I came across this quote in social media. It's supposedly said by Sri Krishna in the Bhagavad Gita. Which verse of the Gita conveys the same message as the quote?
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There are many such "Made in Home" slokas doing rounds of internet (WhatsApp, Facebook,...) which are conveyed to others by labelling as "Said in Gita". Usually they retain some part from Gita to have relational authenticity, and remaining part is "creativity".
Only the bold part is true, italic is altered and remaining is hand made:
“If you don't fight for what you want, don't cry for what you lost?”
Here is the "inspiring" verse:
BG 2.33 -- अथ चैत्त्वमिमं धर्म्यं संग्रामं न करिष्यसि। ततः स्वधर्मं कीर्तिं च हित्वा पापमवाप्स्यसि।
On the other hand, if you will not fight this righteous battle, then forsaking your own duty and fame, you will incur sin.
Note: Above translation is from Swami Gambhirananda, which suits somewhat to the said verse in the question. Usually his translations are found to be the closest among other translators. However, if we go by word by word Sanskrit then:
BG 2.33 -- Therefore, if you don't perform in this DhArmik (righteous, here) war, then by disregarding Swa-Dharma (own nature/duty, here) and fame, you will incur sin.
Which verse of the Bhagavad Gita says “If you don't fight for what you want, don't cry for what you lost?”
As far as I know there is no such verse in Bhagavad Gita which meant to say such message.
In Bhagavad Gita Krishna told Arjuna for fighting because Arjuna became overwhelmed, realize whether fighting is improper and lead to sin (1.36-46) confused about his duty:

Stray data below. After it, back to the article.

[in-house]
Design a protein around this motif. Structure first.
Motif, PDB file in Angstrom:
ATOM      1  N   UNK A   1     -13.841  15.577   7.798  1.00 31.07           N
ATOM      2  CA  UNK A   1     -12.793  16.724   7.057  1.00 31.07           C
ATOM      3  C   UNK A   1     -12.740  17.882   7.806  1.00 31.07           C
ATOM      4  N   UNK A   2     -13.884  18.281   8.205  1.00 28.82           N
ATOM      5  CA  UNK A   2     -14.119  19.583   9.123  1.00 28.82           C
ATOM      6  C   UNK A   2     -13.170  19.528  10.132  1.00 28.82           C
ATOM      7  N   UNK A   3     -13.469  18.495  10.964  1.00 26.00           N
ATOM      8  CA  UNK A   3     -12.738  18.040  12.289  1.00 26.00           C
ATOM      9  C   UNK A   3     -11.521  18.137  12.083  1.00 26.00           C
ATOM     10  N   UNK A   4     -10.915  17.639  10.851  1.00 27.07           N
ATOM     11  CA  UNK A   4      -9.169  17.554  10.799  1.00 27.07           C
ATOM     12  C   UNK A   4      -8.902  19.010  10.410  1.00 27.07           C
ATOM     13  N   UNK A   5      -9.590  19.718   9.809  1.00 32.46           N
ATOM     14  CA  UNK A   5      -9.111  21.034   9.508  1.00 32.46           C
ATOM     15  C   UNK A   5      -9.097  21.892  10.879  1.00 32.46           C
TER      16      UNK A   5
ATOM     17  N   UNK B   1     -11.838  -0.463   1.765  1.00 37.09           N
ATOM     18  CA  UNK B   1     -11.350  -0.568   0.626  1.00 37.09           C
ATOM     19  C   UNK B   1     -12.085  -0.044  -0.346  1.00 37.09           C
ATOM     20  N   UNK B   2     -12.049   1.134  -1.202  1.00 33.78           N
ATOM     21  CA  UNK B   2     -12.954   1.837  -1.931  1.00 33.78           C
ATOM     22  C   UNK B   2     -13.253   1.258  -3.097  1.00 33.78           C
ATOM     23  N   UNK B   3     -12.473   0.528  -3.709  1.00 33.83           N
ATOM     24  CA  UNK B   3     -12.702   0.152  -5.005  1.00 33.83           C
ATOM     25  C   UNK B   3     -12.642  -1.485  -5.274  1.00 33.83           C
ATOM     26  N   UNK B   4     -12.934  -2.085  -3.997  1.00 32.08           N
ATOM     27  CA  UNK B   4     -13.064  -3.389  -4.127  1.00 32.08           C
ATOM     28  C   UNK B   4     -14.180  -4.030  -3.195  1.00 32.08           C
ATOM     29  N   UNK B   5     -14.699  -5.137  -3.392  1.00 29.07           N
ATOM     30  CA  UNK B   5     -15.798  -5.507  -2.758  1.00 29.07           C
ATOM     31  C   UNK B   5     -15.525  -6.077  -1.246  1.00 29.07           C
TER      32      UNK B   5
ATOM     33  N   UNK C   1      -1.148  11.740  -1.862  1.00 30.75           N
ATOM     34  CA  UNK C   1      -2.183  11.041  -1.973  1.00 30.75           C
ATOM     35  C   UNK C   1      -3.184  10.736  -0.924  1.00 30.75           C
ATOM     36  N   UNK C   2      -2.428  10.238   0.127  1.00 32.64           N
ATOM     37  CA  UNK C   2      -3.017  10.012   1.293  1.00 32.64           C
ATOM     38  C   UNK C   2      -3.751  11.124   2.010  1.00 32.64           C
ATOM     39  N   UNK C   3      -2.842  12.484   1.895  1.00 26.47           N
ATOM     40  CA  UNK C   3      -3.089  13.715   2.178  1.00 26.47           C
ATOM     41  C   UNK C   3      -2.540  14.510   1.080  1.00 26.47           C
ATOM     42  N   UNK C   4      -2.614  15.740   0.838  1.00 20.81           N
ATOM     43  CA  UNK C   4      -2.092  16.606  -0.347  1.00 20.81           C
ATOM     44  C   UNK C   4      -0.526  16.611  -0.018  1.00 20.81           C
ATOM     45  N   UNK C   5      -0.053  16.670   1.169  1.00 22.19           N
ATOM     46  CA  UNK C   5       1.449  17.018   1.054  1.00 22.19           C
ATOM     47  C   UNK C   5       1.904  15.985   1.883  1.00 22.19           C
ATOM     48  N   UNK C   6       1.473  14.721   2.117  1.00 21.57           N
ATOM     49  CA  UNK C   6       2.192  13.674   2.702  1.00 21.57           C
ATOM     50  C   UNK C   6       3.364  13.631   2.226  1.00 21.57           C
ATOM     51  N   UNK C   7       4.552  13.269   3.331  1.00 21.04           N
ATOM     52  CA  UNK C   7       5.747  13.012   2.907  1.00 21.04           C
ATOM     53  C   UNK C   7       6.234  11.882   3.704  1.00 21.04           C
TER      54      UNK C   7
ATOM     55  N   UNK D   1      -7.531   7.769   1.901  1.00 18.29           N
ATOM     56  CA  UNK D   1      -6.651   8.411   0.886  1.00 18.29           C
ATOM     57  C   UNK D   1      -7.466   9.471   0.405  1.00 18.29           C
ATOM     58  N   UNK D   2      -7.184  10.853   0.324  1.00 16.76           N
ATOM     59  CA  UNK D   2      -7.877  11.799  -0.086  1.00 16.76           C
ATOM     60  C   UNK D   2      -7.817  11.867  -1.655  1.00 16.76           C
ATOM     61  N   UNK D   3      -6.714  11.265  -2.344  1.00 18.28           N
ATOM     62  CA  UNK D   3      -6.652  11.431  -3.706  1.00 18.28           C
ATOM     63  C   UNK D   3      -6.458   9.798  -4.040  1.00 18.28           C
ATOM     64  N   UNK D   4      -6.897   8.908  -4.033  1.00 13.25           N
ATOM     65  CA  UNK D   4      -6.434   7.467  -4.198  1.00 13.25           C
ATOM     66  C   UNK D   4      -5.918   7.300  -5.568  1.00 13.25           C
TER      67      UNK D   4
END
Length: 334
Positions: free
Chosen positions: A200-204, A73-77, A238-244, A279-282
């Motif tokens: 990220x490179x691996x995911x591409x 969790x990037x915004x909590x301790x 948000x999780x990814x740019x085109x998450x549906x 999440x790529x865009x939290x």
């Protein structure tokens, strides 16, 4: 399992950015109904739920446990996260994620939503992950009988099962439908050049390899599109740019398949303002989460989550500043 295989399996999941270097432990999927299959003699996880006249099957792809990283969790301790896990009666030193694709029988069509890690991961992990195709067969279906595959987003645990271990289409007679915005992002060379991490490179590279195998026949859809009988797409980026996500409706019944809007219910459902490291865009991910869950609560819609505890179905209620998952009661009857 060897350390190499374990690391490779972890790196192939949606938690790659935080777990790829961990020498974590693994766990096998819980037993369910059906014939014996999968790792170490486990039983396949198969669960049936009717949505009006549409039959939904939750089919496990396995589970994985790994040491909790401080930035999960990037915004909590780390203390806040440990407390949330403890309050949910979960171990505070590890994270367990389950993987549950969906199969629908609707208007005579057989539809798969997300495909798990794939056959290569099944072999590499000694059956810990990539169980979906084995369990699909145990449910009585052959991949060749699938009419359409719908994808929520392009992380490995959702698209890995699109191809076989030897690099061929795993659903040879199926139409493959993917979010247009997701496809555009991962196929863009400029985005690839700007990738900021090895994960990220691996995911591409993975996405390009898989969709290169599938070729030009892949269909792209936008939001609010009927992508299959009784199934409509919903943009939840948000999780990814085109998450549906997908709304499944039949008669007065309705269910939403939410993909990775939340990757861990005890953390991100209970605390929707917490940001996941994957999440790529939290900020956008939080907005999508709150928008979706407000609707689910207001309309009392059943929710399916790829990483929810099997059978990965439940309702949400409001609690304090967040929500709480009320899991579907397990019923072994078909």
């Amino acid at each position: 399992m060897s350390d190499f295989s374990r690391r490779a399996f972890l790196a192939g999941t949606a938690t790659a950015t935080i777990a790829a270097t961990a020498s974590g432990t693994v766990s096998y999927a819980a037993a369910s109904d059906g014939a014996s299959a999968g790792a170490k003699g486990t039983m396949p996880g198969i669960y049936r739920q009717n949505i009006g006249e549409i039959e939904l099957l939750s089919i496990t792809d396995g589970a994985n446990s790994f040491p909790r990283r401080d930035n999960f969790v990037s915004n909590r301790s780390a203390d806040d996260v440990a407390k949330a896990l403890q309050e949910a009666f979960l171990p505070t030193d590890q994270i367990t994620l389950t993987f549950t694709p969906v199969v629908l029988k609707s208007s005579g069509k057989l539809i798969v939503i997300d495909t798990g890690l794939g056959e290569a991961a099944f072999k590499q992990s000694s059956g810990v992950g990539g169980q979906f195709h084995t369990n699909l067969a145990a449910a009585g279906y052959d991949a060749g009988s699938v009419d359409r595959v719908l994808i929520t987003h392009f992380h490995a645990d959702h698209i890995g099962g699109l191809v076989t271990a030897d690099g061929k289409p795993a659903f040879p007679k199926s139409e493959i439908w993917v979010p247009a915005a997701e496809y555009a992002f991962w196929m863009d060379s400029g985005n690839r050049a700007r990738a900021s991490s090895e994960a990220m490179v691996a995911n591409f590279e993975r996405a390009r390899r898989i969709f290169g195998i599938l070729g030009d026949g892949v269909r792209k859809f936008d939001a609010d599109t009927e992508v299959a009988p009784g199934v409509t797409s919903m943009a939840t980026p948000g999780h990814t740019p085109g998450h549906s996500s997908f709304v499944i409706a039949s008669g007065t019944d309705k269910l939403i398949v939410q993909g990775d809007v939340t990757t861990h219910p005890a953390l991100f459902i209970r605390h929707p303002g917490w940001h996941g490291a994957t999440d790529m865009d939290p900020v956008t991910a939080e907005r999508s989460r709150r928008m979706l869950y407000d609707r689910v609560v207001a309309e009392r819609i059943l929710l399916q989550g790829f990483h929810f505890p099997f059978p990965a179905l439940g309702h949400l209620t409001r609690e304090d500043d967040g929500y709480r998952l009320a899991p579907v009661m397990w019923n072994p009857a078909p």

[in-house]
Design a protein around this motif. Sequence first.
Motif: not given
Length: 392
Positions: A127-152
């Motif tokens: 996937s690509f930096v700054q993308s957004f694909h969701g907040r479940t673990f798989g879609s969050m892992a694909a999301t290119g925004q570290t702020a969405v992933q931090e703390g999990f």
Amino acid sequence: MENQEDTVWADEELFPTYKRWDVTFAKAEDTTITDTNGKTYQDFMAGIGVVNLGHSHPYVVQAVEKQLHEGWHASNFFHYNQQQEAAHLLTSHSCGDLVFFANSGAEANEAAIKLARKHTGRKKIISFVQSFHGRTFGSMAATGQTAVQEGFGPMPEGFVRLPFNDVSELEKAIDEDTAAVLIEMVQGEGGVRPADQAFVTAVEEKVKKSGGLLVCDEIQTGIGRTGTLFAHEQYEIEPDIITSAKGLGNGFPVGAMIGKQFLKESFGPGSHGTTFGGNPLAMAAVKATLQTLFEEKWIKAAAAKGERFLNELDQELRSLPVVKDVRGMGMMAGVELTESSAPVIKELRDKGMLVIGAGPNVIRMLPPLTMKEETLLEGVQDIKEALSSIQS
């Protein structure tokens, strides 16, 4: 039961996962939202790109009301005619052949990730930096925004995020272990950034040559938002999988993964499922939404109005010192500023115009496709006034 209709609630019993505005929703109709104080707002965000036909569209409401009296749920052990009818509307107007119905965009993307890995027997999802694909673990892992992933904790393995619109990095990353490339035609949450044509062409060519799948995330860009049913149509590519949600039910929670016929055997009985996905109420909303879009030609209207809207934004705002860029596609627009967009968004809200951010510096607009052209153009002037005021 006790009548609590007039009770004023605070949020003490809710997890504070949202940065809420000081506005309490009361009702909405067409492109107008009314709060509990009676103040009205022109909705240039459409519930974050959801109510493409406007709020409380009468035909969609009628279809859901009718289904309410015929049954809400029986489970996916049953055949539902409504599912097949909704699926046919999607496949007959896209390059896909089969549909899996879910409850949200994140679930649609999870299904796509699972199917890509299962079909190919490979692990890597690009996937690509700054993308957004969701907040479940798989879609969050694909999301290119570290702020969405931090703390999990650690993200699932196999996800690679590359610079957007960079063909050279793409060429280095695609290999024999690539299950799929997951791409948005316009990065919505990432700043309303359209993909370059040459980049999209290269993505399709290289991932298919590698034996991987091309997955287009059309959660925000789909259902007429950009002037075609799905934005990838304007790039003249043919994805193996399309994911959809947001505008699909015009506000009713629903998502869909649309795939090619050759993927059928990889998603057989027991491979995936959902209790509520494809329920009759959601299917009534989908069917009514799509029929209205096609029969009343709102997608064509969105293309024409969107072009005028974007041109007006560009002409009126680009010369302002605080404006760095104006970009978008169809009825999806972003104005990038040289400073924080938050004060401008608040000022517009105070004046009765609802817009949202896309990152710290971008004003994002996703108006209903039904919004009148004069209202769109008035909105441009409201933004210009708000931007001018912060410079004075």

कार्पण्यदोषोपहतस्वभावः पृच्छामि त्वां धर्मसम्मूढचेताः ।
यच्छ्रेयः स्यान्निश्चितं ब्रूहि तन्मे शिष्यस्तेऽहं शाधि मां त्वां प्रपन्नम् ॥ २-७॥
Now I am confused about my duty and have lost all composure because of miserly weakness. In this condition I am asking You to tell me for certain what is best for me. Now I am Your disciple, and a soul surrendered unto You. Please instruct me.
So, Krishna taught him:
अशोच्यानन्वशोचस्त्वं प्रज्ञावादांश्च भाषसे ।
गतासूनगतासूंश्च नानुशोचन्ति पण्डिताः ॥ २-११॥
The Supreme Personality of Godhead said: While speaking learned words, you are mourning for what is not worthy of grief. Those who are wise lament neither for the living nor for the dead.
He cleared Arjuna's confusion (verse started from 2.12):
देही नित्यमवध्योऽयं देहे सर्वस्य भारत ।
तस्मात्सर्वाणि भूतानि न त्वं शोचितुमर्हसि ॥ २-३०॥
— O descendant of Bharata, he who dwells in the body can never be slain. Therefore you need not grieve for any living being.
And preach properly about Kshatriya Dharma:
स्वधर्ममपि चावेक्ष्य न विकम्पितुमर्हसि ।
धर्म्याद्धि युद्धाच्छ्रेयोऽन्यत्क्षत्रियस्य न विद्यते ॥ २-३१॥
Considering your speciﬁc duty as a kṣatriya, you should know that there is no better engagement for you than ﬁghting on religious principles; and so there is no need for hesitation.
And make aware him with the reverse/side effect of not performing religious duty of ﬁghting:
अथ चेत्त्वमिमं धर्म्यं सङ्ग्रामं न करिष्यसि ।
ततः स्वधर्मं कीर्तिं च हित्वा पापमवाप्स्यसि ॥ २-३३॥
If, however, you do not perform your religious duty of ﬁghting, then you will certainly incur sins for neglecting your duties and thus lose your reputation as a ﬁghter.
I think above verse may be interpreted wrongly that:
Hope this would clear the confusion and lead to original message of Bhagavad Gita.
 Because Krishna clearly said [Verse 2.47 & 2.48] for abandoning all attachment to fruit of duty (success or failure). So, in the message (mentioned in question) the meaning of What you want! may violate the Krishna's teaching of Nishkama Karma and hence can be considered as improper interpretation.